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Asteroids Scarred By Solar System's Violent Youth

Soulskill posted about 3 months ago | from the kids-these-days dept.

Space 31

astroengine writes "Telltale evidence of the solar system's traumatic childhood can be found in the main asteroid belt, which contains a far more integrated assortment of bodies than previously believed, a new study shows. Previous observations of the 2,000 or so biggest asteroids in the belt — those with diameters of roughly 100 kilometers (62 miles) or larger — showed a neat structure, with asteroids closer to the sun having surface temperatures warmer than those located farther away. The observations neatly matches theories about the formation of the solar system, which posits that bodies formed in warm environments would be found closer to the sun and those formed in cold environments are farther away."

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31 comments

Wow (3, Funny)

rossdee (243626) | about 3 months ago | (#46103069)

" with asteroids closer to the sun having surface temperatures warmer than those located farther away."

Thats amazing, who would have predicted that

Re:Wow (1)

Talderas (1212466) | about 3 months ago | (#46103153)

Even reading the article doesn't make that line make any more sense. They say that evidence showed the asteroids formed all over the solar system and the remnants that failed to become planets ended up in the asteroid belt. I just don't get how surface temperature has anything to do with indicating where the asteroid may have come from.

Re:Wow (0)

Anonymous Coward | about 3 months ago | (#46103259)

I would hope that the research has shown that the asteroids closer to the sun have the appearance of having been warmer in the past (maybe even molten) while the asteroids further away show little to no sign of heat-related shaping.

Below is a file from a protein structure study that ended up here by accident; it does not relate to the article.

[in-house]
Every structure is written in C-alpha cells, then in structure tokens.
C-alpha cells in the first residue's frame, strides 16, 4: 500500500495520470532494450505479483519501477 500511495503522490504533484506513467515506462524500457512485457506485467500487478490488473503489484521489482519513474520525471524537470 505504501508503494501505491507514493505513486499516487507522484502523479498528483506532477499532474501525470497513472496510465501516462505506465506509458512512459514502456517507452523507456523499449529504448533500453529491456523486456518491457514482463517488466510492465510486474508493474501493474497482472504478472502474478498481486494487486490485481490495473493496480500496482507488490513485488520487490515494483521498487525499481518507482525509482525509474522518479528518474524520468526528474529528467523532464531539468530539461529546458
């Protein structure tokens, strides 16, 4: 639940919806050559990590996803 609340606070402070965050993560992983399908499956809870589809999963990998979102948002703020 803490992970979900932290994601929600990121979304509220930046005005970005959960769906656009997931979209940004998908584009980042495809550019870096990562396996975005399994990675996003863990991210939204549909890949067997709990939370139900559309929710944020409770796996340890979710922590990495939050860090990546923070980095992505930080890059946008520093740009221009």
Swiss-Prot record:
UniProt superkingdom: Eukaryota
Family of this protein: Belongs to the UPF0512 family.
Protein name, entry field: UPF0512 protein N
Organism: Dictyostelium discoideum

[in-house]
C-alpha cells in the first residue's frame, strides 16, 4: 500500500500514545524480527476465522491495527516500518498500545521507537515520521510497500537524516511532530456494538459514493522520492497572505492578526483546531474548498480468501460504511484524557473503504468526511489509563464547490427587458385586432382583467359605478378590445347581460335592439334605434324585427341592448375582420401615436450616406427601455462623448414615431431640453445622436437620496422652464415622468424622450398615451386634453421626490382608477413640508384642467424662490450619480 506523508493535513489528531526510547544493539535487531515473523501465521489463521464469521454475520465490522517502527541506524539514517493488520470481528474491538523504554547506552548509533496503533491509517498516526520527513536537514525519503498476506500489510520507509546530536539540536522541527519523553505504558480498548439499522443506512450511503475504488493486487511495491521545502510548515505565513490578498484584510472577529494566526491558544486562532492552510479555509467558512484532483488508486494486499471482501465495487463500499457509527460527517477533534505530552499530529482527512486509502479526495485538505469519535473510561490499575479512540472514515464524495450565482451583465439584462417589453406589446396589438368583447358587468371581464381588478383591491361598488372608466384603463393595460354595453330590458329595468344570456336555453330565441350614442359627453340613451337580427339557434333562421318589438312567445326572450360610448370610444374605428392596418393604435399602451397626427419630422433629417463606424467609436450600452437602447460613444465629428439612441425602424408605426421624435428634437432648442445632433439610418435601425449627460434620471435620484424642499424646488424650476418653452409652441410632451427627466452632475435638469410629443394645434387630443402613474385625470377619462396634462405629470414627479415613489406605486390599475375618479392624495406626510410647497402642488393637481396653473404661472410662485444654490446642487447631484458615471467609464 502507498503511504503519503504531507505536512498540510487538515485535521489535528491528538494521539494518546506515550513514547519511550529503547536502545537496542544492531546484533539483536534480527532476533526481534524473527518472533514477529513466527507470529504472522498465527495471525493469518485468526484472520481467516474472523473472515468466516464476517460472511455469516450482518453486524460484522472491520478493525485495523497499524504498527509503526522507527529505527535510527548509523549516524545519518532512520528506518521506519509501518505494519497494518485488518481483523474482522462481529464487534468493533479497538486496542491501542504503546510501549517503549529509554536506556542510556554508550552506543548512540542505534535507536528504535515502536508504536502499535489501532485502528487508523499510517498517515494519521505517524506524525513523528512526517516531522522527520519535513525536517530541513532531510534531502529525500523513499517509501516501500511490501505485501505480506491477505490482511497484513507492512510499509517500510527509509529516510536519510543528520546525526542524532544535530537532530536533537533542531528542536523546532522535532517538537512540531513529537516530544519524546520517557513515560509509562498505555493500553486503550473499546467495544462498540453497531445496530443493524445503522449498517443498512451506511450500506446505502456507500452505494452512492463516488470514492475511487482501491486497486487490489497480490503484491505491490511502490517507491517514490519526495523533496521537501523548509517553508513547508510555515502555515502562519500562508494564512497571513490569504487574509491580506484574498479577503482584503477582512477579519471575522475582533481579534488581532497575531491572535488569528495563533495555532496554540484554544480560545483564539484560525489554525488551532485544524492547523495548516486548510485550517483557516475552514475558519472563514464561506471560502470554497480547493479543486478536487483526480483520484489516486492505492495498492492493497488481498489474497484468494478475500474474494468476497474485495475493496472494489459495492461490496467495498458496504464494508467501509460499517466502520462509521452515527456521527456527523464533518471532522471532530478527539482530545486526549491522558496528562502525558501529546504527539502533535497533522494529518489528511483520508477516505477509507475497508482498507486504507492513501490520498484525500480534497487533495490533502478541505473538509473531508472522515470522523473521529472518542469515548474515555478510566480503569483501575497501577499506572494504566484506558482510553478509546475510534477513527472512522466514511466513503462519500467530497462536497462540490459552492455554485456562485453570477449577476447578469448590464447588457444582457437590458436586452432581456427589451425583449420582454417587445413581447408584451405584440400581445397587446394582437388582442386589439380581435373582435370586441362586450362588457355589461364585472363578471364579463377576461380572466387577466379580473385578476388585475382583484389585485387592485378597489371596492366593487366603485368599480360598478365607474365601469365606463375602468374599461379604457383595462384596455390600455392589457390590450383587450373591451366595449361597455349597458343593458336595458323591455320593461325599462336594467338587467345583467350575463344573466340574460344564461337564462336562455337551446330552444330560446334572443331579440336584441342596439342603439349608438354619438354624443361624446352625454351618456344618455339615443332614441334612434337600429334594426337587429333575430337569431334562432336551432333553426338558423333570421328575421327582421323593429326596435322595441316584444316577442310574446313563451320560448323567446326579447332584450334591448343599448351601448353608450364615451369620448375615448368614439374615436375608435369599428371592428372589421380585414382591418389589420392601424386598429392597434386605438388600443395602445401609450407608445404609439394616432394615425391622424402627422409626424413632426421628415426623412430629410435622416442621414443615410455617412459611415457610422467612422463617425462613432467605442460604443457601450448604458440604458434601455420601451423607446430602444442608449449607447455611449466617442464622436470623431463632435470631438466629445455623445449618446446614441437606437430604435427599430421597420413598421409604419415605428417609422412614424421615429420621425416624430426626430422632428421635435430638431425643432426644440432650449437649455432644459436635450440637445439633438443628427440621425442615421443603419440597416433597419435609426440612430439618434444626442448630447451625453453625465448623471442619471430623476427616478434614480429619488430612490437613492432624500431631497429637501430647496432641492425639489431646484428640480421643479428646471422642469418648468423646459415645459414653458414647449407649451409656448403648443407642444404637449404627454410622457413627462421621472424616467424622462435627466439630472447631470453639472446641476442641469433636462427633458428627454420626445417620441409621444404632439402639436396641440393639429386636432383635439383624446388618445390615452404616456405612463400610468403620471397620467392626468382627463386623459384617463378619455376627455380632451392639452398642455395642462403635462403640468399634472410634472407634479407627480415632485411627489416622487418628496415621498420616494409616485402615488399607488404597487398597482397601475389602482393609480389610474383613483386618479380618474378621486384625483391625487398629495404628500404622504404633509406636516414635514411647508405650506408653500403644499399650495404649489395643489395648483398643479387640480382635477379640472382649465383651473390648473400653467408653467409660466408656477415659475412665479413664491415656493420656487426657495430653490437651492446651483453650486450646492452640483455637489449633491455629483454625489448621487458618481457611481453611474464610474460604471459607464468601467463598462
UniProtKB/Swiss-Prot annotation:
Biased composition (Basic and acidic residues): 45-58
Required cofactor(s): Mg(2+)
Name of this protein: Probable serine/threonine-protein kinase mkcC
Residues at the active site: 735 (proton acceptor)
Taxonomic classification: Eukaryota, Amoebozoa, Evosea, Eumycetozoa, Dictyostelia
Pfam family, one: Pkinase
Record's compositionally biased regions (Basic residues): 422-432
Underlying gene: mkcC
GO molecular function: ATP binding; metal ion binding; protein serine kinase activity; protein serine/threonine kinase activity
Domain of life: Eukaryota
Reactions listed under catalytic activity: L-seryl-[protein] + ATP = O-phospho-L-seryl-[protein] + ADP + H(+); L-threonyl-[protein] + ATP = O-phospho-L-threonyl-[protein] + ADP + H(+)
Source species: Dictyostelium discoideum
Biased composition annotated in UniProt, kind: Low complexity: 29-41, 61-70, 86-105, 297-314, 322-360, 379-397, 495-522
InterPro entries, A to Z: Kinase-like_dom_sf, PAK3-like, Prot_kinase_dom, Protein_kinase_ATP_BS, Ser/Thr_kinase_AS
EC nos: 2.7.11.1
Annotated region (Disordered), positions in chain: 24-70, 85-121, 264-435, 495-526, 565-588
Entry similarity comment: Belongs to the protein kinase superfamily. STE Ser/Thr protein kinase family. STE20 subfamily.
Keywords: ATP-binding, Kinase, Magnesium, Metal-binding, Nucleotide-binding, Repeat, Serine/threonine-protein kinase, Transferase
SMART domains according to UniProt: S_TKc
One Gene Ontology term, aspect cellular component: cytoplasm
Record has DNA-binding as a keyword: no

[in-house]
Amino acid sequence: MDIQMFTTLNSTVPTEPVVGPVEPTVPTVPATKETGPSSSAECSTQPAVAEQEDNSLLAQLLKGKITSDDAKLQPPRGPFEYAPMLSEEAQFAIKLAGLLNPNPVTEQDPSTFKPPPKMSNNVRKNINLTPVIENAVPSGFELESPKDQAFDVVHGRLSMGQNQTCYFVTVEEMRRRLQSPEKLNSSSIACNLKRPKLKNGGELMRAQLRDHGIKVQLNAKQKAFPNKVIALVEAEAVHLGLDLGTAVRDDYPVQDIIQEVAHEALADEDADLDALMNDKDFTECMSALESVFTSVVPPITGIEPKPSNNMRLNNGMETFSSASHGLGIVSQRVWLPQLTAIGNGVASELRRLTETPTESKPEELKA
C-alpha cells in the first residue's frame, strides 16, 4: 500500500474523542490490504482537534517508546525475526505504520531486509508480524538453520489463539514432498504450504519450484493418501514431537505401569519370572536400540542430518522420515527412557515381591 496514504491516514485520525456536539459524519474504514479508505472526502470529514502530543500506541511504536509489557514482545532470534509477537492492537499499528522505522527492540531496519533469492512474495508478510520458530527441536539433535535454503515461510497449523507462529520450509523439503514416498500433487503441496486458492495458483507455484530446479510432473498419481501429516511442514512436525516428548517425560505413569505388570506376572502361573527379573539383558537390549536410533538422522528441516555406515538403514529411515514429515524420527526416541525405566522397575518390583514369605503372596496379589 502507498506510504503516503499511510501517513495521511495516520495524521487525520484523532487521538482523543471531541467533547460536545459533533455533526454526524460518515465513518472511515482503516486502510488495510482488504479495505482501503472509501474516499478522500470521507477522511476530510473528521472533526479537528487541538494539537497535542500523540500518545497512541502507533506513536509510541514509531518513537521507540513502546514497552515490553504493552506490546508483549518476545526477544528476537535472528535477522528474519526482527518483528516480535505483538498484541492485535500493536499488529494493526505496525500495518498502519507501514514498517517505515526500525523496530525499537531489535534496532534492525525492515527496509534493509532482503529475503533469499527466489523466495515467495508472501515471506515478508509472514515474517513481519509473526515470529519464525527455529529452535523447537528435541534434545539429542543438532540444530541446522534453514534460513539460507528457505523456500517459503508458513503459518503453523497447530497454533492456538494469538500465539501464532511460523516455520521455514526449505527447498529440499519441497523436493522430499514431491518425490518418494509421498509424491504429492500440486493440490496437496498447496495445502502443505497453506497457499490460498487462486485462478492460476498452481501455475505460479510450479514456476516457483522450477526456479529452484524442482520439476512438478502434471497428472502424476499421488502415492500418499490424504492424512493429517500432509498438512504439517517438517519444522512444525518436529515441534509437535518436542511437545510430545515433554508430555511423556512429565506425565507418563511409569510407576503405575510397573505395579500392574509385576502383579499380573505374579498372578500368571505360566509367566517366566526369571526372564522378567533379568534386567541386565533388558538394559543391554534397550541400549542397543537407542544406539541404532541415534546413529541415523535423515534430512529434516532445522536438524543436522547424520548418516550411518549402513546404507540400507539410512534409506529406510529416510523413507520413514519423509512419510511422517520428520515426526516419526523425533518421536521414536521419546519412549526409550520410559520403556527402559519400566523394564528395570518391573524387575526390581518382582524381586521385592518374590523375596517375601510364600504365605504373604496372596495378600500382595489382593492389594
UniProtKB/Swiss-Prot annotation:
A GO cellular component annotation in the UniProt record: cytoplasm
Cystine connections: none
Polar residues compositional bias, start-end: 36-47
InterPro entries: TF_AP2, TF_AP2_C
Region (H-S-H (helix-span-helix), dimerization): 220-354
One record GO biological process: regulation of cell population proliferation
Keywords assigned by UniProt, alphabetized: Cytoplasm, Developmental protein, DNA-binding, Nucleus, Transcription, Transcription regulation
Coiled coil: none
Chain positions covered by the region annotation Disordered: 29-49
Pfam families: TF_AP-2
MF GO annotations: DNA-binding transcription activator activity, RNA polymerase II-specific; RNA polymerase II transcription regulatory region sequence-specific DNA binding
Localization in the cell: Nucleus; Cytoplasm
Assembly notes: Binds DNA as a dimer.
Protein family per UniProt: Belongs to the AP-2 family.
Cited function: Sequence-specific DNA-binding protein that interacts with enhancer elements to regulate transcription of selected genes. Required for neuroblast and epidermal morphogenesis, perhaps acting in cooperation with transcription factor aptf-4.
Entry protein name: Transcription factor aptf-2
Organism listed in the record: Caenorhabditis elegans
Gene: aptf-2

However, that's because I'm an insane optimist who is still trying to believe that these BS studies are anything other than some half-drunk nonsense published just to maintain cushy jobs with no actual work involved most of the time.

Re:Wow (3, Informative)

the biologist (1659443) | about 3 months ago | (#46103285)

Academic jobs are rarely describable as 'cushy' and require lots of work all the time to simply justify their existence. This doesn't mean there are no crackpots, but it does mean your general perspective on academic life as depicted here is flawed.

Re:Wow (1)

jafac (1449) | about 3 months ago | (#46104391)

I think that for most people, (with the exception of your die-hard outdoor survivalist), all of our jobs are pretty cushy - compared to being a hunter-gatherer, surviving harsh winters, and fighting off natures top predators (including other humans).

Everything's relative.

Re:Wow (1)

CadentOrange (2429626) | about 3 months ago | (#46107961)

...compared to being a hunter-gatherer, surviving harsh winters, and fighting off natures top predators (including other humans).

Hey! You've just described my time in Rust!

Re:Wow (0)

Anonymous Coward | about 3 months ago | (#46103173)

Amazing what articles get approved around here.

Re:Wow (5, Informative)

radtea (464814) | about 3 months ago | (#46103231)

From context, I believe they mean "asteroids closer to the sun having surface temperatures *at the time of their formation* that are warmer than those located further away."

The volatile fraction in asteroid surfaces goes down as they get closer to the sun, indicating they out-gassed at the time they were formed. The "early warmth correlates with current orbits" indicates relatively little orbital resorting over time.